Asteroid 2024 MK will fly by Earth on Saturday: What you need to know

(The Hill) – An asteroid the size of a football stadium zipped between Earth and the Moon Saturday morning – the second of two astronomical close-ups in three days.

In this case, it’s a relative term: Saturday’s asteroid, 2024 MK, came within 180,000 miles of Earth. Meanwhile, on Thursday, asteroid 2011 UL21 flew within 4 million miles.

But Saturday’s passage of 2024 MK — which scientists discovered just two weeks ago — coincides with a sobering reminder of threats from space.

Sunday is Asteroid Day, the anniversary of the 1908 blast of a rock from space above a Russian city — the kind of danger that, astronomers warn, is always lurking as Earth moves through space.

Here’s what you need to know about asteroids, space danger and Saturday’s flyby.

What is an asteroid?

Asteroids are rocks in space that orbit the sun, rather like the planets they pass by from time to time.

Also like the planets, asteroids formed more than 4.6 billion years ago from the condensing cloud of dust and gas that formed the solar system – making them in effect time capsules of a time far before the formation of the Earth or the sun.

Scientists have identified about 1.3 million of them, mostly orbiting in the vast space between Mars and Jupiter. Both individually and in aggregate, they tend to be small—the total weight of all asteroids in the solar system is believed to be less than that of the moon.

Throughout long history, asteroid impacts may also have been crucial to life on Earth.

In other asteroid news last week, scientists announced Wednesday the results of a 2023 mission to the asteroid Bennu that returned samples, suggesting the possibility that it was full of the ingredients for water.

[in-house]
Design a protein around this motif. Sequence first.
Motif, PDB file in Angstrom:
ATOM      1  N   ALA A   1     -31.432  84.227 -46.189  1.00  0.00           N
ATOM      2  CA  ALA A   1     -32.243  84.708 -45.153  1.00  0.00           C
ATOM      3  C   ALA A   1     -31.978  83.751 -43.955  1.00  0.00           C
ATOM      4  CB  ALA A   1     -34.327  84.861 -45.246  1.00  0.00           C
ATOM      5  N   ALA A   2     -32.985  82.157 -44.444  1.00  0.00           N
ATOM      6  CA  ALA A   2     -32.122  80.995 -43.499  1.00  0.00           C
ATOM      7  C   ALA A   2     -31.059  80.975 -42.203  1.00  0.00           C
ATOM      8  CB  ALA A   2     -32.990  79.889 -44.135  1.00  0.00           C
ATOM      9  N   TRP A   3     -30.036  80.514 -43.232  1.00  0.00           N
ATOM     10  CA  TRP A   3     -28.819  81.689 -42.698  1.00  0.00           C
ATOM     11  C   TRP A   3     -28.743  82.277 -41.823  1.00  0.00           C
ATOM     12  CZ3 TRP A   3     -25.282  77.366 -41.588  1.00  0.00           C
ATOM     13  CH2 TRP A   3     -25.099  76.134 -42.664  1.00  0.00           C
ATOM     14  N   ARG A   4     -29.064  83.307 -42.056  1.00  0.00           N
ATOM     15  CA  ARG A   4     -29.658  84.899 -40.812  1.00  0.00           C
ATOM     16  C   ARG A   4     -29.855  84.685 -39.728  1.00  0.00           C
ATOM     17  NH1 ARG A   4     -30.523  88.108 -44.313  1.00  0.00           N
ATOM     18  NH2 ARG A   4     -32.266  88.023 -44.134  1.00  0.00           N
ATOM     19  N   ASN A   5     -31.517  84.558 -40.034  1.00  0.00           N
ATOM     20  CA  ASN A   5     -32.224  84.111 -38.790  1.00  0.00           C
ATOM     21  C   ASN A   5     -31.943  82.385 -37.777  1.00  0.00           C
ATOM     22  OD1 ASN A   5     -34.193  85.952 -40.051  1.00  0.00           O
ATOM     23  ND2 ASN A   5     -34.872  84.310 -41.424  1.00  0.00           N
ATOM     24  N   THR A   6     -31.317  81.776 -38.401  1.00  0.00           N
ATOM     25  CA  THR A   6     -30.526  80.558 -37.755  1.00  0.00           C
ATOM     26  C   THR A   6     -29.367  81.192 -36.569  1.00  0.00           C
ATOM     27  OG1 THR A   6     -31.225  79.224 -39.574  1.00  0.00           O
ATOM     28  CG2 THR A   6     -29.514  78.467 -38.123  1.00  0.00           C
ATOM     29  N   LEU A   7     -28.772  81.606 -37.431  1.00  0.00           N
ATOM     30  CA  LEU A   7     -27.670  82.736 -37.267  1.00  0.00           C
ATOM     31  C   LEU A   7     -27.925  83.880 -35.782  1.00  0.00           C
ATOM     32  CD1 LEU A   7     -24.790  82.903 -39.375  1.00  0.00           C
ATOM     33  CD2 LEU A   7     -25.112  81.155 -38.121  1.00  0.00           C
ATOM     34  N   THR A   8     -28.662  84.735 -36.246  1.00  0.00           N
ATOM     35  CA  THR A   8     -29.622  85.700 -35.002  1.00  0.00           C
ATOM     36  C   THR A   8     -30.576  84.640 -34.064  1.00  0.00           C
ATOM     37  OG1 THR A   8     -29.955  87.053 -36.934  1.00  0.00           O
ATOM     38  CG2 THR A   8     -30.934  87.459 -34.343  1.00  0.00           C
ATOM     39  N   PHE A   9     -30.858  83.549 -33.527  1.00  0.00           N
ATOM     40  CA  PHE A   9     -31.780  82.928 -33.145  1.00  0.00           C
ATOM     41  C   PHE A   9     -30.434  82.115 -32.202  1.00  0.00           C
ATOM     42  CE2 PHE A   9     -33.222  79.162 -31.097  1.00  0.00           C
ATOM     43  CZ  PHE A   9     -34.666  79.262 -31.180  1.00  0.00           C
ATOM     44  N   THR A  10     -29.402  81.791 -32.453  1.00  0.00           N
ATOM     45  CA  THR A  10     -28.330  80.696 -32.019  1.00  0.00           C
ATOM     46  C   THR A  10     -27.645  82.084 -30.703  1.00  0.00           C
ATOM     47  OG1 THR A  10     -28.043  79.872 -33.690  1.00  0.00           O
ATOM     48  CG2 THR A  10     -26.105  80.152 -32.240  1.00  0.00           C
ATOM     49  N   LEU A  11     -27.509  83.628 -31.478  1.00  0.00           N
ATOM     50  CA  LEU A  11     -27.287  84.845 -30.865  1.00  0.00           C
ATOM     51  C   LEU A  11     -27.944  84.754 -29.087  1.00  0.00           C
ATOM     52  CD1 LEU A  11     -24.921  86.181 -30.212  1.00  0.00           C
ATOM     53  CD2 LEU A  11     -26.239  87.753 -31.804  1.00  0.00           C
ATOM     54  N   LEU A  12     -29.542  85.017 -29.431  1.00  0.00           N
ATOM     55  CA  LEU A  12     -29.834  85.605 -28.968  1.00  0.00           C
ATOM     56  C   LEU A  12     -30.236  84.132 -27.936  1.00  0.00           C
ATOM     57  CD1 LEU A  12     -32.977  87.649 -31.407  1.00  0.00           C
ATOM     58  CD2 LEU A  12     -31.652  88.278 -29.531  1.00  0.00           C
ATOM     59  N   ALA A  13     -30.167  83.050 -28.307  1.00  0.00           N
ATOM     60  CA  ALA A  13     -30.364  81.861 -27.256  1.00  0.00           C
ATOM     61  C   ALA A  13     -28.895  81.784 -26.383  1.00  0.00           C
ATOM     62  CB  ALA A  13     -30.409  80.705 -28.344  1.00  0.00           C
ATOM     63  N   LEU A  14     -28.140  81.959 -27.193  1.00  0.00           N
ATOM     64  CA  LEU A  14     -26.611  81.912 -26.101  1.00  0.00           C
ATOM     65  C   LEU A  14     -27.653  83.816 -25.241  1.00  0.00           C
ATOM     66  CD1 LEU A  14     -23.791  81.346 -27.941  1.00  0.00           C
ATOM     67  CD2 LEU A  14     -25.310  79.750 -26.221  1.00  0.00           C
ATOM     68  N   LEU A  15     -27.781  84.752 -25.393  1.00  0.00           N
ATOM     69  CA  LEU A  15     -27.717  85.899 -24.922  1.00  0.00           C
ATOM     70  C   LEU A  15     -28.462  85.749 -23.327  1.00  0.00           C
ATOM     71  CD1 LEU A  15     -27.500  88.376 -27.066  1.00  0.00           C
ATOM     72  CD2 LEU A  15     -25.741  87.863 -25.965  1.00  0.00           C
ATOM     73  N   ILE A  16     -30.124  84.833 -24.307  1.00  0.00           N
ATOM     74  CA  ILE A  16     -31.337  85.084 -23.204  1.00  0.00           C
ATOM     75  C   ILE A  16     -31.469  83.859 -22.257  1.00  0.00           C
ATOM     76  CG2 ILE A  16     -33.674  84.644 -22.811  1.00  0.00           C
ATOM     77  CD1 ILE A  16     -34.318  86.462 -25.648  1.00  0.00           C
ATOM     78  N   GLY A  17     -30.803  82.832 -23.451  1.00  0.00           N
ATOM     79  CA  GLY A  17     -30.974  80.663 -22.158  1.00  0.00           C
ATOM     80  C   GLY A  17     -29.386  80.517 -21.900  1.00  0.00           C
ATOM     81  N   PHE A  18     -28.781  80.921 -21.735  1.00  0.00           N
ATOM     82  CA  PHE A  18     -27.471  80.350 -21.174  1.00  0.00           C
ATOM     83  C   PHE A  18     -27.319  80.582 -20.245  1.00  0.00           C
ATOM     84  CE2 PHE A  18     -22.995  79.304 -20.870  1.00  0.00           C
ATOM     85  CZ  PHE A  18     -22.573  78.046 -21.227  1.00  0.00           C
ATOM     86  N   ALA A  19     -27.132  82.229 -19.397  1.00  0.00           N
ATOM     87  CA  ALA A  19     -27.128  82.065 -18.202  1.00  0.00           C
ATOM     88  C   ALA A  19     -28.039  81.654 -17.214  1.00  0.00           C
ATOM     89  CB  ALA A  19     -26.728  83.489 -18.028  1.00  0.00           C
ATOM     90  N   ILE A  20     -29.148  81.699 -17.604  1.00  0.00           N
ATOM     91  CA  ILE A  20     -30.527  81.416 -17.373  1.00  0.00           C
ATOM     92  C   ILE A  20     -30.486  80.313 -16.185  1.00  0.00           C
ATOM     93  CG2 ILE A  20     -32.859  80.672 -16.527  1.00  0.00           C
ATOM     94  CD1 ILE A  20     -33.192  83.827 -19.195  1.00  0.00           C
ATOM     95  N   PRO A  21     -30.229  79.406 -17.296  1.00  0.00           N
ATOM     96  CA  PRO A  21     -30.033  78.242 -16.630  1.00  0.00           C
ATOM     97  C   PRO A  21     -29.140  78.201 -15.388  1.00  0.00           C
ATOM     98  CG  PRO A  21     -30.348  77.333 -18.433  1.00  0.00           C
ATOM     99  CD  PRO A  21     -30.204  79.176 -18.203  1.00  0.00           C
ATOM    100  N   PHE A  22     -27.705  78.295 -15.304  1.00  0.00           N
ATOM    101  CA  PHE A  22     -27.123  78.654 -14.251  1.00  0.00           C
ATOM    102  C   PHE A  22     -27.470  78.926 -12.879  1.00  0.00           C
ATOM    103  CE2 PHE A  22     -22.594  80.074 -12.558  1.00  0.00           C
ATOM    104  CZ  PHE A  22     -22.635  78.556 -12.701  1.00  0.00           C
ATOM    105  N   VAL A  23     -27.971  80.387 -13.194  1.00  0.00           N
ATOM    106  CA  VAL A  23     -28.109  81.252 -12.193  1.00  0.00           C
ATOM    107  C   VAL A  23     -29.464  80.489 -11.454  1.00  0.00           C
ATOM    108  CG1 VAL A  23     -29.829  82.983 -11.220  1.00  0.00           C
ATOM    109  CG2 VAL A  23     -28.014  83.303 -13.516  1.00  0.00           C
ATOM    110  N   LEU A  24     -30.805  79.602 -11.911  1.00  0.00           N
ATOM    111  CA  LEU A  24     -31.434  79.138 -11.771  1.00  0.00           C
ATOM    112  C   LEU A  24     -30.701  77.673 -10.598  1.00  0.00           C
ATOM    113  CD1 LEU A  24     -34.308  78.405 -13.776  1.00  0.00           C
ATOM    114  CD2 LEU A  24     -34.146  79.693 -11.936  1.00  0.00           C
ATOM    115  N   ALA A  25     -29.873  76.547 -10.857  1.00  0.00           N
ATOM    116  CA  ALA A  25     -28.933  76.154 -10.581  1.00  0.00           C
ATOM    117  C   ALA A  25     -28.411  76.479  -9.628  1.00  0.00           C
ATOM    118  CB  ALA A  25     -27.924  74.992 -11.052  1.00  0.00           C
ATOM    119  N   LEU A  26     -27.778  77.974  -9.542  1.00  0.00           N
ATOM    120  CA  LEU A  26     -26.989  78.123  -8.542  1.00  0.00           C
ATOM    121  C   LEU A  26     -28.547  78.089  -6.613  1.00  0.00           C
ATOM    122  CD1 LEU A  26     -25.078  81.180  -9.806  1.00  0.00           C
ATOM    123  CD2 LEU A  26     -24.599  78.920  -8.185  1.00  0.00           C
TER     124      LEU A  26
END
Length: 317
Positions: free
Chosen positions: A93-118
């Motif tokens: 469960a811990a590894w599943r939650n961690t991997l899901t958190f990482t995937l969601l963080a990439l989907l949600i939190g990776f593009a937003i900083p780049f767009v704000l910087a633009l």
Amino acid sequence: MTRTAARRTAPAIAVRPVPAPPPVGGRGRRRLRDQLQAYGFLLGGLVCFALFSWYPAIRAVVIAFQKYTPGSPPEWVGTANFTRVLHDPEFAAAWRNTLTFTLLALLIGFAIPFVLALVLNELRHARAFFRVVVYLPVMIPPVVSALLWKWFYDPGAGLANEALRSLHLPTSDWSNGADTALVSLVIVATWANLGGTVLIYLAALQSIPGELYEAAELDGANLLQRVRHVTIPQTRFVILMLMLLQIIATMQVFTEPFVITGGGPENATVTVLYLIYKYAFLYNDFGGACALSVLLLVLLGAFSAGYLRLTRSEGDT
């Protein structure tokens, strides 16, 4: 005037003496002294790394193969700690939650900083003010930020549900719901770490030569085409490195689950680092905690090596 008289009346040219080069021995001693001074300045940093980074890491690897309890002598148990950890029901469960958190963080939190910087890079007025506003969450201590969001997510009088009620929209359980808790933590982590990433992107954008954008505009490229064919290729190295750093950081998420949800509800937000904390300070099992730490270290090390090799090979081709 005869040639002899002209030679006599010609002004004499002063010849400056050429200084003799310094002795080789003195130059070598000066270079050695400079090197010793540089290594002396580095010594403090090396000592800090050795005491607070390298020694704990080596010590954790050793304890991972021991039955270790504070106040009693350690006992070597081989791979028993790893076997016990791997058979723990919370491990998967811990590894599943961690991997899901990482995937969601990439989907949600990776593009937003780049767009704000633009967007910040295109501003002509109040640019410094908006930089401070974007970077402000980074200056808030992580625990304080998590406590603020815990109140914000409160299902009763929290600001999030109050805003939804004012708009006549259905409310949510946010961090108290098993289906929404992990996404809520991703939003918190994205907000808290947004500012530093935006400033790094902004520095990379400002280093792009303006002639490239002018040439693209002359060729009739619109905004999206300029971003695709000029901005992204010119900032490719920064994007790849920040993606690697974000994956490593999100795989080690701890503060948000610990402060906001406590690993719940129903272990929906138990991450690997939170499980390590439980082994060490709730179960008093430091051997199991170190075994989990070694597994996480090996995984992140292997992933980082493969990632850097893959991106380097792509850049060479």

These findings suggested a positive impact on asteroids. “Asteroids like this may have played a key role in delivering water and the building blocks of life to Earth,” said co-author Nick Timms of Curtin University.

What happens if one hits Earth now?

An asteroid doesn’t have to be particularly large to do damage. In 2013, for example, an asteroid about 62 meters in size that broke up nearly 20 miles above Siberia released 30 times more energy than the atomic bomb that hit Hiroshima.

While most of the impact’s energy was absorbed by the atmosphere, the explosion sent a shock wave that blew out windows and injured more than a thousand people.

Asteroid Day on Sunday commemorates an even bigger impact, the Tunguska event of 1908, which also occurred over Siberia.

In that event, the Russian newspaper Sibir (Siberia) reported that villagers looking up saw a “strangely bright (impossible to see) bluish-white celestial body, which for 10 minutes moved downward.”

The body appeared to be a cylinder “tube” which began to “smudge” as it hit the denser atmosphere above the forest and disintegrated into billowing black smoke,” the article said.

“There was a loud crash (not thunder) as if large rocks were falling, or artillery fired. All the buildings shook. At the same time the cloud began to emit flames of uncertain shapes. All the villagers panicked and took to the streets, the women were crying, thinking it was the end of the world.”

If 2024 MK, 500 to 800 feet in diameter, were to strike instead of pass by Earth on Saturday, it wouldn’t be the end of the world — at least, not completely. Such an impact “would have an equivalent impact energy in the hundreds of megatons approaching a gigaton,” Peter Brown of Canada Western University told the Canadian Broadcasting Service.

That’s a huge potential impact – for context, the explosion would be 10-20 times larger than that of most hydrogen bombs that have been tested, which are in the 50 megaton range.

“It’s the kind of thing that if it hit the east coast of the US, you’d have catastrophic effects on most of the east coast. But it’s not big enough to affect the whole world,” Brown said.

The impact of a hypothetical collision with 2011 UL21, the asteroid that flew by on Thursday, would be far more catastrophic. While it was very far out in space and had no chance of hitting Earth, it was also very large: the approximate size of Mount Everest.

At 1.5 miles in diameter, that asteroid was about a quarter the size of the asteroid that hit Earth 65 million years ago, wiping out all the walking dinosaurs as well as most life on Earth.